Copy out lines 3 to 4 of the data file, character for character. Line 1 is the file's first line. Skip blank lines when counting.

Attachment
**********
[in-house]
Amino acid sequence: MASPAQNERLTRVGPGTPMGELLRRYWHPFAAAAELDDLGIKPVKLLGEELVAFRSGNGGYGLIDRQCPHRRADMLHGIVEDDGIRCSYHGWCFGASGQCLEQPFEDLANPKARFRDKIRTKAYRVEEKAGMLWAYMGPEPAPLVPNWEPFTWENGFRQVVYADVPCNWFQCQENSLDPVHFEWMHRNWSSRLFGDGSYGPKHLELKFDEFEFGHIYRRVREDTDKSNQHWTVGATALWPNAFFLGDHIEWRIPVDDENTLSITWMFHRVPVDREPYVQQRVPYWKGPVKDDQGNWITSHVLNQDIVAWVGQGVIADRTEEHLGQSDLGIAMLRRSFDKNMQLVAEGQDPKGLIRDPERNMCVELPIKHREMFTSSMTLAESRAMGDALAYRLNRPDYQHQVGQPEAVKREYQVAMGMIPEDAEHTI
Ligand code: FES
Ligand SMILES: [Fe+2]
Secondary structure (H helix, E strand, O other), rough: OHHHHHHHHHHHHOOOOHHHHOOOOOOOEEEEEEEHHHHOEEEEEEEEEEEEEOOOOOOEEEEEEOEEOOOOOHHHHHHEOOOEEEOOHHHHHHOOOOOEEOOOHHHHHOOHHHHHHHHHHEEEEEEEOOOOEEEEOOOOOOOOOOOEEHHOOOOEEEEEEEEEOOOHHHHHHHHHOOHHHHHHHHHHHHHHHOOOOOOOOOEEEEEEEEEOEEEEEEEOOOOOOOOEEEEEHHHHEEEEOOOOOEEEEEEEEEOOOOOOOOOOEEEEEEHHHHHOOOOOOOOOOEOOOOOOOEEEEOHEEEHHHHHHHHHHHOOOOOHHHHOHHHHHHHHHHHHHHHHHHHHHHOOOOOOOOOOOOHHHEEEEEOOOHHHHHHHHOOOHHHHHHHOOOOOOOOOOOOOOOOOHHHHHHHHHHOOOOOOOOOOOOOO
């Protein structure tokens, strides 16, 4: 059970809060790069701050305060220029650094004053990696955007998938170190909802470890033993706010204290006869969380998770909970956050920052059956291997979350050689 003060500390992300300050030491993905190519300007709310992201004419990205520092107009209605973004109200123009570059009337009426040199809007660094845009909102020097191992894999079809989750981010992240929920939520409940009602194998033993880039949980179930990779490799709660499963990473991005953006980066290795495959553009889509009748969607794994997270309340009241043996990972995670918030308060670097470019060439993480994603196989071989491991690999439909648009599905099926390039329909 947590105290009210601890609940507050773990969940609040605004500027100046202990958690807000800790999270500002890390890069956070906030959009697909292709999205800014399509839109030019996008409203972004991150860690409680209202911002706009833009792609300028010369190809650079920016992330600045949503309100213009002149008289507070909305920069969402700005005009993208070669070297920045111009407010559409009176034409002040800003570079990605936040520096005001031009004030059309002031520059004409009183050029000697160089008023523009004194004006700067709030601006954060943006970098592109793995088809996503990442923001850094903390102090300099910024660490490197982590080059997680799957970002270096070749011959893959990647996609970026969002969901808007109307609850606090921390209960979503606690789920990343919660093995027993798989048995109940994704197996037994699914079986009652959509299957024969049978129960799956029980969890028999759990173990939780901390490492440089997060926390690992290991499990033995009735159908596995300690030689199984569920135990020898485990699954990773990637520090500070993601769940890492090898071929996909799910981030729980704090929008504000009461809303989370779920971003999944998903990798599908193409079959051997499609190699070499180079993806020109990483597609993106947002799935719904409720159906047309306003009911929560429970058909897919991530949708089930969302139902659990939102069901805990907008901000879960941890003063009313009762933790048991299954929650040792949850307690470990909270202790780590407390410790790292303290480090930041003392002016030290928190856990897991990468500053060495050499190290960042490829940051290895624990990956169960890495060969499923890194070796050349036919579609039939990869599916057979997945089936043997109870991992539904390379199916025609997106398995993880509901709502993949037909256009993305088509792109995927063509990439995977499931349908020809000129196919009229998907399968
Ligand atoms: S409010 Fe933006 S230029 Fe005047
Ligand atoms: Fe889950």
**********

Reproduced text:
Ligand code: FES
Ligand SMILES: [Fe+2]